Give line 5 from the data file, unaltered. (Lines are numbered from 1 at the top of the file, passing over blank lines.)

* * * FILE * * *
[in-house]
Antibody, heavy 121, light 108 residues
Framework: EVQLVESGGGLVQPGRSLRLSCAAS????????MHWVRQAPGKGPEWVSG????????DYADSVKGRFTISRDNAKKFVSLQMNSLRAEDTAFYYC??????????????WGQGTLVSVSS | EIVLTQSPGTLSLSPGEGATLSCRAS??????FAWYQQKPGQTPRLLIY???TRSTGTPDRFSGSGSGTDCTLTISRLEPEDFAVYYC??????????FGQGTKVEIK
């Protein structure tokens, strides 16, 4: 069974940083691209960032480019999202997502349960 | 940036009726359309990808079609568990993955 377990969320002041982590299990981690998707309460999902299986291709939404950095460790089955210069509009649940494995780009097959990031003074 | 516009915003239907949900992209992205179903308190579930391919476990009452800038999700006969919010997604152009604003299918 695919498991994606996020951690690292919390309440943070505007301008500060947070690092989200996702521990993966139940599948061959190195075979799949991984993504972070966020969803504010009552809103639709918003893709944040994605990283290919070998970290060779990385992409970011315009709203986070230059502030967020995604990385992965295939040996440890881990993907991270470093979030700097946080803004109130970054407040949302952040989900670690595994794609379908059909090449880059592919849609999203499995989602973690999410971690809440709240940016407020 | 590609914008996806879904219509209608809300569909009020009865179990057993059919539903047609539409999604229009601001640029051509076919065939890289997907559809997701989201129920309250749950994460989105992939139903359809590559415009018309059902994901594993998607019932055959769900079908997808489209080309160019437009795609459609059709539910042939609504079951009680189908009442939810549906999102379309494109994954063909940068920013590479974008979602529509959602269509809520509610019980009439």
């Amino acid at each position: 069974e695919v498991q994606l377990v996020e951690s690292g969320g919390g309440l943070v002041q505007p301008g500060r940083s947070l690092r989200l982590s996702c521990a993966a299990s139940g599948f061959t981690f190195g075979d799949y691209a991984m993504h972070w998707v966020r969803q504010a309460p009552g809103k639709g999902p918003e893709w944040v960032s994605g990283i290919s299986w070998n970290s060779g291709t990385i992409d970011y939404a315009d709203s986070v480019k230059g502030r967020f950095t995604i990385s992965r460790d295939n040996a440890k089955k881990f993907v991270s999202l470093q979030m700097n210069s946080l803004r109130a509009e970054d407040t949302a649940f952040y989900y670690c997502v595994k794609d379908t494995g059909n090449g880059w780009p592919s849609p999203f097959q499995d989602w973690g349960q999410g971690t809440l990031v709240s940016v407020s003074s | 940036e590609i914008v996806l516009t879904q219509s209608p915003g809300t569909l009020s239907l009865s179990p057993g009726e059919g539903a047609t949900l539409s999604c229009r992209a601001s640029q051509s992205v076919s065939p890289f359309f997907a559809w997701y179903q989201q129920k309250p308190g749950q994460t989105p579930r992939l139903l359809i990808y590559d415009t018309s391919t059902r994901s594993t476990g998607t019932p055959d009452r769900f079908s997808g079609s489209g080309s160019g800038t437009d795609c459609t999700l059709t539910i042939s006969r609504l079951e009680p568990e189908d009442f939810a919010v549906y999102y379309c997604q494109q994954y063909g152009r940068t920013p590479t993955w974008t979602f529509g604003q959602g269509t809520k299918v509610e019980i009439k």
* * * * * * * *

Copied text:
């Amino acid at each position: 069974e695919v498991q994606l377990v996020e951690s690292g969320g919390g309440l943070v002041q505007p301008g500060r940083s947070l690092r989200l982590s996702c521990a993966a299990s139940g599948f061959t981690f190195g075979d799949y691209a991984m993504h972070w998707v966020r969803q504010a309460p009552g809103k639709g999902p918003e893709w944040v960032s994605g990283i290919s299986w070998n970290s060779g291709t990385i992409d970011y939404a315009d709203s986070v480019k230059g502030r967020f950095t995604i990385s992965r460790d295939n040996a440890k089955k881990f993907v991270s999202l470093q979030m700097n210069s946080l803004r109130a509009e970054d407040t949302a649940f952040y989900y670690c997502v595994k794609d379908t494995g059909n090449g880059w780009p592919s849609p999203f097959q499995d989602w973690g349960q999410g971690t809440l990031v709240s940016v407020s003074s | 940036e590609i914008v996806l516009t879904q219509s209608p915003g809300t569909l009020s239907l009865s179990p057993g009726e059919g539903a047609t949900l539409s999604c229009r992209a601001s640029q051509s992205v076919s065939p890289f359309f997907a559809w997701y179903q989201q129920k309250p308190g749950q994460t989105p579930r992939l139903l359809i990808y590559d415009t018309s391919t059902r994901s594993t476990g998607t019932p055959d009452r769900f079908s997808g079609s489209g080309s160019g800038t437009d795609c459609t999700l059709t539910i042939s006969r609504l079951e009680p568990e189908d009442f939810a919010v549906y999102y379309c997604q494109q994954y063909g152009r940068t920013p590479t993955w974008t979602f529509g604003q959602g269509t809520k299918v509610e019980i009439k």